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Drosophila: Life Cycle
Scientists study Drosophila as a model specimen because of their very short life and reproduction cycle. In fact, their life cycles only last about 14 days! Since fruit flies don't live forever, reproduction is critical to keep the species alive.
Are you familiar with a butterfly's life cycle? If so, you'll see that Drosophila's life cycle is very similar to a butterfly's. They both undergo complete metamorphosis, which means that the young form looks very different from the adult! Unlike baby humans, who have all of their adult structures (arms, legs, fingers, nose, etc.) and look like small versions of adults, the baby fruit fly looks very different from the adult. The baby, or larva, looks like a small worm, and does not have adult structures like wings or legs.
Like many species, female fruit flies produce eggs and males produce sperm. When the egg and sperm unite, a new individual develops. In fruit flies, sperm is deposited from the male fruit fly into the female fruit fly. The female stores sperm inside of her. The eggs are fertilized when they pass through the oviduct on their way to being deposited on a food source.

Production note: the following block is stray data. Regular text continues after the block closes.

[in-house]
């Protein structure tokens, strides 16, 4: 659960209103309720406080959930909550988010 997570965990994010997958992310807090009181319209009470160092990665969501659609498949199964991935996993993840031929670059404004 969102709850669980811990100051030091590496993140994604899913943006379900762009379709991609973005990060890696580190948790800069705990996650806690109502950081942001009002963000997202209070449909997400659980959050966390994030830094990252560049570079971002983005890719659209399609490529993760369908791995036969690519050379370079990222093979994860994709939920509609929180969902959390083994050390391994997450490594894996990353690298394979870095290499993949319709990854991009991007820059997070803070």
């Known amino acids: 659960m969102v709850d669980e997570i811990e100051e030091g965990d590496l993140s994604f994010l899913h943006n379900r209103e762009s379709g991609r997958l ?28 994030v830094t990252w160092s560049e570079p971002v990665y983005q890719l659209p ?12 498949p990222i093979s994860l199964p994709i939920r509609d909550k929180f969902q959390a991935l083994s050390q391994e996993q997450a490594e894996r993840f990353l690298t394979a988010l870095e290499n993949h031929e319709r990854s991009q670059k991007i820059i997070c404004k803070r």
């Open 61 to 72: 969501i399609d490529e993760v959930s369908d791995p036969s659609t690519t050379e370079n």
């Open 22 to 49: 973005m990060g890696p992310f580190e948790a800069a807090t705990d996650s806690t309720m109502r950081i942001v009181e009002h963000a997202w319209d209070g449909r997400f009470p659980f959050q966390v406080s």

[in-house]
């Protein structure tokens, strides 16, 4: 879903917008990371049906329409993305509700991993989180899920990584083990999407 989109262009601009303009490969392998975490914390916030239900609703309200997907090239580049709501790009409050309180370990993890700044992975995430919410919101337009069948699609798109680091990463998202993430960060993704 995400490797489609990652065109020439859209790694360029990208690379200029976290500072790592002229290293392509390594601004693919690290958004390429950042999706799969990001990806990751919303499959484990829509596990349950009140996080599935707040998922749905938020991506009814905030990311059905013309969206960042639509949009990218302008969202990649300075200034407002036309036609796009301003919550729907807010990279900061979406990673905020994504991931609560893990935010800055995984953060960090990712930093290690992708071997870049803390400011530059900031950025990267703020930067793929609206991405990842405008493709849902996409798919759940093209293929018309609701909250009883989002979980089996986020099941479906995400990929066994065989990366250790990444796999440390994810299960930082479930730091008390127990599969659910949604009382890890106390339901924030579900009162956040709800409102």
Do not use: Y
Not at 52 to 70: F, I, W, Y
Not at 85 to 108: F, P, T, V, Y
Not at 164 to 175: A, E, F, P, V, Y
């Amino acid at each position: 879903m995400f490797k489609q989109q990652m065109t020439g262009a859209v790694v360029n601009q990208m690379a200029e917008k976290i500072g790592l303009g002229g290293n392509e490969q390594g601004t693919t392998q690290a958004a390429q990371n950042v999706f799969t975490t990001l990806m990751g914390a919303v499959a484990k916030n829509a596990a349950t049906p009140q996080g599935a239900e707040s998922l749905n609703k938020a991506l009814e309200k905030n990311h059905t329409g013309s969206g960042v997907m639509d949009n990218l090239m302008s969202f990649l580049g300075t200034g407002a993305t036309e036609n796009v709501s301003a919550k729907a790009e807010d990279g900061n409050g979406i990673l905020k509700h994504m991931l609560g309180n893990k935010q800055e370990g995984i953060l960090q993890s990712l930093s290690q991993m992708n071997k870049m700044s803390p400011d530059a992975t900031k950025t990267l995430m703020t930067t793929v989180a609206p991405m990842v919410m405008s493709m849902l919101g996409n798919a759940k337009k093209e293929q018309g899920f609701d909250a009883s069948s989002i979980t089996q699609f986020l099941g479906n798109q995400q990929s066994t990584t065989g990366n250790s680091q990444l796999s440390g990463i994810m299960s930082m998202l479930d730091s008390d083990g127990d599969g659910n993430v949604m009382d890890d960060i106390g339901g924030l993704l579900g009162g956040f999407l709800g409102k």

Fruit flies begin their lives as an embryo in an egg. This stage lasts for about one day. During this time, the embryo develops into a larva. The first instar larva hatches out of the egg, crawls into a food source, and eats. The larva in each stage eats as much as possible! After a day, the first instar larva molts and becomes the second instar larva. Again, the larva in this stage eats and eats! After two days in this stage, the larva molts again to become the third instar larva. After three days of eating in this stage, the larva crawls out of the food source and molts again.
Following this molt, the larva stops moving and forms a pupa. Drosophila stays in the pupa for about five days. During this time, the metamorphosis, or change, from larva to adult is occurring. Adult structures, like wings, legs, and eyes develop.
When the adults emerge from the pupa, they are fully formed. They become
fertile after about ten hours, copulate, the females lay eggs, and the
cycle begins again. The whole life cycle takes about 12-14 days.
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Editor: Carol Elland
NASA Official: B J Navarro
Last Updated: September 2006
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